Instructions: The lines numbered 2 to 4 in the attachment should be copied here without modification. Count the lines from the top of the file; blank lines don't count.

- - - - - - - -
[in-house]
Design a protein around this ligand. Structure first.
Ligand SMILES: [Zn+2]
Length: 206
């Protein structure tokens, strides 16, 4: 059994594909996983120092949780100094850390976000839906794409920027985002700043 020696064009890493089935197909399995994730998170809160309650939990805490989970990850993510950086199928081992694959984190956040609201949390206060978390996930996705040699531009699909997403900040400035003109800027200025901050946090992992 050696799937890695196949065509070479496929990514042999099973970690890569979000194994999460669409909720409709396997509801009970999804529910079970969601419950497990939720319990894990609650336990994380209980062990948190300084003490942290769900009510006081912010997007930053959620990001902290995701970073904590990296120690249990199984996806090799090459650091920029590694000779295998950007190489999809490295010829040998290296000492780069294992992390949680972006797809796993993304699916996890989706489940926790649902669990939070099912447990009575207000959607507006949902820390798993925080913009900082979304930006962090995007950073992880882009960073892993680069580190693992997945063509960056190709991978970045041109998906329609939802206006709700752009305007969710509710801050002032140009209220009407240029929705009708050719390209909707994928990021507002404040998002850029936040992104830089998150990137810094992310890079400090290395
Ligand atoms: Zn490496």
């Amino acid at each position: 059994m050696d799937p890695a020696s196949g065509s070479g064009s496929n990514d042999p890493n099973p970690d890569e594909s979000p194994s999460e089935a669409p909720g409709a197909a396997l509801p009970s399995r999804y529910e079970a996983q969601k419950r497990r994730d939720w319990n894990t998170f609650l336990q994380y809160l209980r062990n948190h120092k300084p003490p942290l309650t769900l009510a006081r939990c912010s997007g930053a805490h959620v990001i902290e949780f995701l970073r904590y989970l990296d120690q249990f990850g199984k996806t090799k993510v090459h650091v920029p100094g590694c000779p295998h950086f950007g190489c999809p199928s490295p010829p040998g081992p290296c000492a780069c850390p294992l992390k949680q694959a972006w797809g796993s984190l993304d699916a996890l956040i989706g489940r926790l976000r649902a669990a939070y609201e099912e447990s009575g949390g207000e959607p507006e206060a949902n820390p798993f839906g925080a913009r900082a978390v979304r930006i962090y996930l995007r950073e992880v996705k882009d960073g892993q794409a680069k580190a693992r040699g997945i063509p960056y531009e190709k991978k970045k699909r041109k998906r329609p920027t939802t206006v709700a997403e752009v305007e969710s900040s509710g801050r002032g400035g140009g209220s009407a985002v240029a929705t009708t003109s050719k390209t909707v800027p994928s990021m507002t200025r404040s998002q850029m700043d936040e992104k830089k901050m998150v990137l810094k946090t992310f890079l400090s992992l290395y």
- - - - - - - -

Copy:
Design a protein around this ligand. Structure first.
Ligand SMILES: [Zn+2]
Length: 206